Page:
In Brian Lumley's series of novels, a Necroscope is a person who can freely converse with the dead. The original Necroscope book, published in 1986, stands alone as a single novel and its success gave birth to a whole procession of sequels. 

Necroscope is the story of Harry Keogh, a strange little boy whose mother died in what everyone believed to be a freak accident.  But because Harry Keogh can talk with the dead, his mom was able to tell him that she was murdered by his stepfather. As the story goes, the dead are tied to their bodies, and are generally very lonely and bored, so they are happy to talk. In death they do what they did in life: writers write, architects build, mathematicians solve problems, etc... So Harry was able to use the ideas given freely by those in their graves, and was seen as a genius by teachers and friends. Eventually, Harry attempts to seek out his mother's killer, getting involved with a British espionage branch in the process.

Meanwhile, there is a Russian necromancer named Boris Dragosani who forcefully tears the secrets from the dead. Dragosani learned this trade from a 500 year old Vampire who wishes to use Dragosani's greed for his own gains (namely to free himself of the tomb in which he has been imprisoned). Eventually, Dragosani and Keogh must face each other in battle.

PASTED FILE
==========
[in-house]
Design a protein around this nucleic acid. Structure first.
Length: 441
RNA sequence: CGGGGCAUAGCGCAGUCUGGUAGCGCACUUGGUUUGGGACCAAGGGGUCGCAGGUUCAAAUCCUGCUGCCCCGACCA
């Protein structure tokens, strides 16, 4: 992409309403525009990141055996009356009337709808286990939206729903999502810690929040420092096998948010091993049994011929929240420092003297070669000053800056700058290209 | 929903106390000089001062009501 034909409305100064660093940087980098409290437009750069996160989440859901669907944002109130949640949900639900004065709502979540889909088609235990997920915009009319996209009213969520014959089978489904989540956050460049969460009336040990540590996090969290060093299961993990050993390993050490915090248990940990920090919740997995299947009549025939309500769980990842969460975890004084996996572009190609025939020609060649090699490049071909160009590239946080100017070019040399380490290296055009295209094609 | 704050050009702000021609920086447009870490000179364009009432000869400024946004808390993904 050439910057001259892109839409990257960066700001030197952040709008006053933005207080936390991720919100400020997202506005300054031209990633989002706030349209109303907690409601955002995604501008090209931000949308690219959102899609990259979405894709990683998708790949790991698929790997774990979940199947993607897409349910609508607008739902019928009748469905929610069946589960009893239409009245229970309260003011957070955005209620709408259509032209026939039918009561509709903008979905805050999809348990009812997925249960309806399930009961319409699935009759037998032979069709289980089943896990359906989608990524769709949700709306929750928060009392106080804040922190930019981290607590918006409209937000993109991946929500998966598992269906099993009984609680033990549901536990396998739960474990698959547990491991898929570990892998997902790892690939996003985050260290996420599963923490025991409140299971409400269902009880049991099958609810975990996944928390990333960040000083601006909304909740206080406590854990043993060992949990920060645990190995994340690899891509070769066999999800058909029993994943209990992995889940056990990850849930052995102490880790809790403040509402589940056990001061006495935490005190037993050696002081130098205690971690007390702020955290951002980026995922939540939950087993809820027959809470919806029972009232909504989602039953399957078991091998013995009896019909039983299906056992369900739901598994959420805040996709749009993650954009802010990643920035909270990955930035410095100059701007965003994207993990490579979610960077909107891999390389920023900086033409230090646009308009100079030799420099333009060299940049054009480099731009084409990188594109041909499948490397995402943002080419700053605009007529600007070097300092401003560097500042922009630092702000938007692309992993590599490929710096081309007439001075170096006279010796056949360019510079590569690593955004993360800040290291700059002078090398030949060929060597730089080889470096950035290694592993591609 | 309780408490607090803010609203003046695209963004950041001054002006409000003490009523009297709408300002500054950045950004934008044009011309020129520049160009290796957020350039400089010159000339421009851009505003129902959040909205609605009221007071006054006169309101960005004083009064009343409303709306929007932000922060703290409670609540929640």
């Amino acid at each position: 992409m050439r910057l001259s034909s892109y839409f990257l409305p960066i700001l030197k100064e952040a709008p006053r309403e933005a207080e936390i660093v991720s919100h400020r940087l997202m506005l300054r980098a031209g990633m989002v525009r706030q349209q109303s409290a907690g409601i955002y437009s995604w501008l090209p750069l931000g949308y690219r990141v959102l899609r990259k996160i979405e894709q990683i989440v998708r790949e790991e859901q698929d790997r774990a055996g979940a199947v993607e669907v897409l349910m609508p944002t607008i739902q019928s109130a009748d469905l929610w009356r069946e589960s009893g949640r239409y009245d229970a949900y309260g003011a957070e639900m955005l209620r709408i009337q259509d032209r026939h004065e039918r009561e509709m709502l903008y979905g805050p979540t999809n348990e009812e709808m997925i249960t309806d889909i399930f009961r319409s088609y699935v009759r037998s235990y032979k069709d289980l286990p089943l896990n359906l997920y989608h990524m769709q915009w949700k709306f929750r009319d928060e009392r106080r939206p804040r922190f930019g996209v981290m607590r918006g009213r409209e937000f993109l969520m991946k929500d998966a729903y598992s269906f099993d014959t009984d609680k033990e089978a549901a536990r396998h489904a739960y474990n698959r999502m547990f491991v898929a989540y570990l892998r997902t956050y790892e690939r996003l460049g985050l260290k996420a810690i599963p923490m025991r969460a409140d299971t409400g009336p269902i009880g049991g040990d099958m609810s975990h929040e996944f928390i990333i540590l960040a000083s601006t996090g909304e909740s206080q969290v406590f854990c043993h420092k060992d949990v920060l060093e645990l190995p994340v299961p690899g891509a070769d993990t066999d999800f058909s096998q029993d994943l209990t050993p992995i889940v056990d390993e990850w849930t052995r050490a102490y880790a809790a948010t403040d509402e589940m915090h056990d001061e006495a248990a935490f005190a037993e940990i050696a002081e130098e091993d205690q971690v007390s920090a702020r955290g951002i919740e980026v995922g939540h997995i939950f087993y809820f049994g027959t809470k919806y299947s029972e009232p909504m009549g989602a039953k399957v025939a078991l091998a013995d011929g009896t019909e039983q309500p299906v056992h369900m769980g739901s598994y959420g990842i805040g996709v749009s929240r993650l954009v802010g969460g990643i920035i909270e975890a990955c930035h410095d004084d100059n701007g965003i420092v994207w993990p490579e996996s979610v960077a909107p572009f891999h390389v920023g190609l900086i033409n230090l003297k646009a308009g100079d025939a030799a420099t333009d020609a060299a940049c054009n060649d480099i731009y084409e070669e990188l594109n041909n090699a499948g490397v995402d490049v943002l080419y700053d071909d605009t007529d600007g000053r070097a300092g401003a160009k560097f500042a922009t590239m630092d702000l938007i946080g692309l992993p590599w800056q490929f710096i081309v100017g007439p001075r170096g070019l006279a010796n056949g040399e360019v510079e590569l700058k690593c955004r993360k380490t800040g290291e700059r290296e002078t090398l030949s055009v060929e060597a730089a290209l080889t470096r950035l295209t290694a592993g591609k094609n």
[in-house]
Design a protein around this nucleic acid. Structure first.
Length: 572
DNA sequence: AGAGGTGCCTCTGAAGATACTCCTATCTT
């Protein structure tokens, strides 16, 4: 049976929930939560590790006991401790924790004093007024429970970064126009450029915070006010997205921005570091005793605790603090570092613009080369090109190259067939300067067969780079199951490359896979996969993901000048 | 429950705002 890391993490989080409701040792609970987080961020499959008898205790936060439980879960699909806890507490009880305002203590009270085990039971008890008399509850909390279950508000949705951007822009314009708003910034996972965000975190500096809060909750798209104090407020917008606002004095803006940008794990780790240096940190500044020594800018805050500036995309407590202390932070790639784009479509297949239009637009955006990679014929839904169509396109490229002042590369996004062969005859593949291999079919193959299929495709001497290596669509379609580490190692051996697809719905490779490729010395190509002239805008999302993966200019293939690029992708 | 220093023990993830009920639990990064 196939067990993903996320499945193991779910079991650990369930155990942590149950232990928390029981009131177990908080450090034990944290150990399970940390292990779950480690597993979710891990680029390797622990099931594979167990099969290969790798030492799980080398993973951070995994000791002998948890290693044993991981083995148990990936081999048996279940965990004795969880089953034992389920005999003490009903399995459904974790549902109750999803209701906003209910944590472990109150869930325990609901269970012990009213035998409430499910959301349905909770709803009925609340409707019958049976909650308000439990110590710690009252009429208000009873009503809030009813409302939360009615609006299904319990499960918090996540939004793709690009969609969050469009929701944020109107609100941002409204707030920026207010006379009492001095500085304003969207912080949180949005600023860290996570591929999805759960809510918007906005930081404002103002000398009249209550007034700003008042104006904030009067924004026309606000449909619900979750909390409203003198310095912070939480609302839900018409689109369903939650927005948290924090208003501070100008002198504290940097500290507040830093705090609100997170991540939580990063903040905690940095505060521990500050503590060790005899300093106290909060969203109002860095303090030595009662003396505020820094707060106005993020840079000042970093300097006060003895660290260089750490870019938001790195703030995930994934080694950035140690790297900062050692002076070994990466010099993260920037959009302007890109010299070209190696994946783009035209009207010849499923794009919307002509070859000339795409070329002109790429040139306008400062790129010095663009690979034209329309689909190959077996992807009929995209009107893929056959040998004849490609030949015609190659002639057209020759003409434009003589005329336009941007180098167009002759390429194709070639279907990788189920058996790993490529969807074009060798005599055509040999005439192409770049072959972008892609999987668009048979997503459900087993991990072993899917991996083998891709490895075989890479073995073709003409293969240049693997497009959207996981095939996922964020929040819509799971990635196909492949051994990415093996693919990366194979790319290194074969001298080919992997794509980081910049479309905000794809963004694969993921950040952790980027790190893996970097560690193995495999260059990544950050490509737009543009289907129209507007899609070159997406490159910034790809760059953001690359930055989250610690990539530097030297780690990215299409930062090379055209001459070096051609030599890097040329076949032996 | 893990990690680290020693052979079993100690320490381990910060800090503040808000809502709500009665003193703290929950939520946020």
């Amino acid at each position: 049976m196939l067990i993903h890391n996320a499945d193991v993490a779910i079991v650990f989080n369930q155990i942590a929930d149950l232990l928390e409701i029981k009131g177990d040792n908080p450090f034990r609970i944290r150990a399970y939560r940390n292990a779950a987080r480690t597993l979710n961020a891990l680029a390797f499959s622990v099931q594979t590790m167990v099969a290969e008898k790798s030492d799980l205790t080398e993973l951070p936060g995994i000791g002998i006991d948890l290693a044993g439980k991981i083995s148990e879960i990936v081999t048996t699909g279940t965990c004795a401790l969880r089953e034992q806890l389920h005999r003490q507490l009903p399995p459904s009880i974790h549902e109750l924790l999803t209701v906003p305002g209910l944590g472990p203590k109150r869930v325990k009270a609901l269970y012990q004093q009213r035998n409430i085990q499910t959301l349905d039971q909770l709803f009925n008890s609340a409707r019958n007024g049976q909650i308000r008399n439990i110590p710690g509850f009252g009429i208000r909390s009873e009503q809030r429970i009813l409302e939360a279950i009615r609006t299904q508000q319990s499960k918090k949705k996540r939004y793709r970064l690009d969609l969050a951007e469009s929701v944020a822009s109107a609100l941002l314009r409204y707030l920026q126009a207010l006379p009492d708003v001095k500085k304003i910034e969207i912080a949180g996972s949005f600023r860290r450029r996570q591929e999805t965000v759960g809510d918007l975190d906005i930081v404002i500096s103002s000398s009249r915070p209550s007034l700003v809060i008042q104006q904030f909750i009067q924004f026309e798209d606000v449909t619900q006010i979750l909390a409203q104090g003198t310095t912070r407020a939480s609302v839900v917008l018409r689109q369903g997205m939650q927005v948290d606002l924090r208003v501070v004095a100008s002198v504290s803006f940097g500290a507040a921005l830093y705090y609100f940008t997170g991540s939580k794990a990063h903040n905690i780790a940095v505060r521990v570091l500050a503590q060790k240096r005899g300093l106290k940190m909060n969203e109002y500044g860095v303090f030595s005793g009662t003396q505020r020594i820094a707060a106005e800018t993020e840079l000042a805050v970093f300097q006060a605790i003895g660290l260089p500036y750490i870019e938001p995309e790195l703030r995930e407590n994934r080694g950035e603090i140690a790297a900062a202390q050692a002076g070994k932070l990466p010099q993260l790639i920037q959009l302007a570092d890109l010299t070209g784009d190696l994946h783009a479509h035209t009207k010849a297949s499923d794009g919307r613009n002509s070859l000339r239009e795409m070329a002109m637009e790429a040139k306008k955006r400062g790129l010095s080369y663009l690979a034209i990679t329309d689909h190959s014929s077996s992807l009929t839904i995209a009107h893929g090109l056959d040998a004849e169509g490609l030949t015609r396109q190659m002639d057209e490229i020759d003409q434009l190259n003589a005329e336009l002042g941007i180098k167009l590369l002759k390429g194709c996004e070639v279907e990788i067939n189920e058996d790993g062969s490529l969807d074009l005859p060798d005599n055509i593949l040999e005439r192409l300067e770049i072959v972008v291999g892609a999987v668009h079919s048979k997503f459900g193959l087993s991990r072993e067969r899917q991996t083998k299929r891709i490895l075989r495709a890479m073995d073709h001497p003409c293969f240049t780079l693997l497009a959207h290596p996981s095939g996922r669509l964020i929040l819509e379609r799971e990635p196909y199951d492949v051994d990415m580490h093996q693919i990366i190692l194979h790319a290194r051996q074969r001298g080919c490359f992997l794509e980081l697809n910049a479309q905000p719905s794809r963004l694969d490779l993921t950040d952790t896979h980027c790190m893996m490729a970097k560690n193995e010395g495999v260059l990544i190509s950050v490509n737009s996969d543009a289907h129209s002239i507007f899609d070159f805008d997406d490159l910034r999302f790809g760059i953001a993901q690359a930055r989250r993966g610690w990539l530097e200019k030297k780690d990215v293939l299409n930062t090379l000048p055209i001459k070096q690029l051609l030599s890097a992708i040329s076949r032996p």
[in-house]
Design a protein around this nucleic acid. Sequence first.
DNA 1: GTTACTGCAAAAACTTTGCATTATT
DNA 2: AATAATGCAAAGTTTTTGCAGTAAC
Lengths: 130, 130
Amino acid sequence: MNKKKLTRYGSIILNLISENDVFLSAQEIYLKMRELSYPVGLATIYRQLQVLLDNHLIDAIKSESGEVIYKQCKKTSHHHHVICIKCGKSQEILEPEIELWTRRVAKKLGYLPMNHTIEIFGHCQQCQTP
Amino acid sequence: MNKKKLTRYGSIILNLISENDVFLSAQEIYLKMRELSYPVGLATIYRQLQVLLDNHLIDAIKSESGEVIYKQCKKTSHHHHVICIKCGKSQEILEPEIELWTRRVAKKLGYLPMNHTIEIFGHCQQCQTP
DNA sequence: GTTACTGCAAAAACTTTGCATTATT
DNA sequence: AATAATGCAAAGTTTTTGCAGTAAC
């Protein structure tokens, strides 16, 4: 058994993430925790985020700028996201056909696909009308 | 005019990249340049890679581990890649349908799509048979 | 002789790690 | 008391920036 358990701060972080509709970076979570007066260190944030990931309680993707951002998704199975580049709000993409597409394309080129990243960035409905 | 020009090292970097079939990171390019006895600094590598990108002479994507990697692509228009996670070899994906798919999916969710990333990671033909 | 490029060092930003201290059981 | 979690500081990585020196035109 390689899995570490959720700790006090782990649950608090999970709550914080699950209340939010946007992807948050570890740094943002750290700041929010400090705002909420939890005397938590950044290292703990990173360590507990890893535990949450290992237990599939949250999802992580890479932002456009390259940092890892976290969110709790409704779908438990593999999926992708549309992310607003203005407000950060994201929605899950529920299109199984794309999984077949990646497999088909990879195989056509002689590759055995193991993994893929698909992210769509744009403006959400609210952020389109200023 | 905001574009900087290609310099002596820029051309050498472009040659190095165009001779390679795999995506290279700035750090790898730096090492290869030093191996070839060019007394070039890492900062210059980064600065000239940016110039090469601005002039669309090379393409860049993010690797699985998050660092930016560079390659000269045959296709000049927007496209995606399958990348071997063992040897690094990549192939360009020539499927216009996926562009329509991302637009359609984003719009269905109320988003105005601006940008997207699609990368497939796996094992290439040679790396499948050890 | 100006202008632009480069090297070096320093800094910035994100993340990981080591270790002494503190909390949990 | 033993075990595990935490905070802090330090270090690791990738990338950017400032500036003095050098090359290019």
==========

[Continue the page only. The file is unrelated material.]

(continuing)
Lumley blends the folklore of vampires with his own creation, the Wamphyri (or, alternately, Vamphyri). The Wamphyri are bloodthirsty, primitive parasites or leeches that control their host vessels from within.  They feed on blood and amplify the host's strengths and emotions in order to get what they want.

The series continues on to flesh out the ideas and concepts introduced in the first book. Most notably, the Wamphyri and their vampric life cycle are explained more thouroughly. The entire series weighs in at 13 volumes, and I just read someone on Amazon.com describe this as "a triskadecology," which is impressive sounding though I'm not sure that's actually a word. In any case, here is the bibliography of the Necroscope series (and its various sub-series)

The Necroscope Series Vampire World Series The Lost Years Series E-Branch Series
My main sources of information for this writeup are http://www.brianlumley.com/ and the first Necroscope book. I'm not very familiar with any of the sequels, so if I left something out (or got something wrong), please let me know, thanks.

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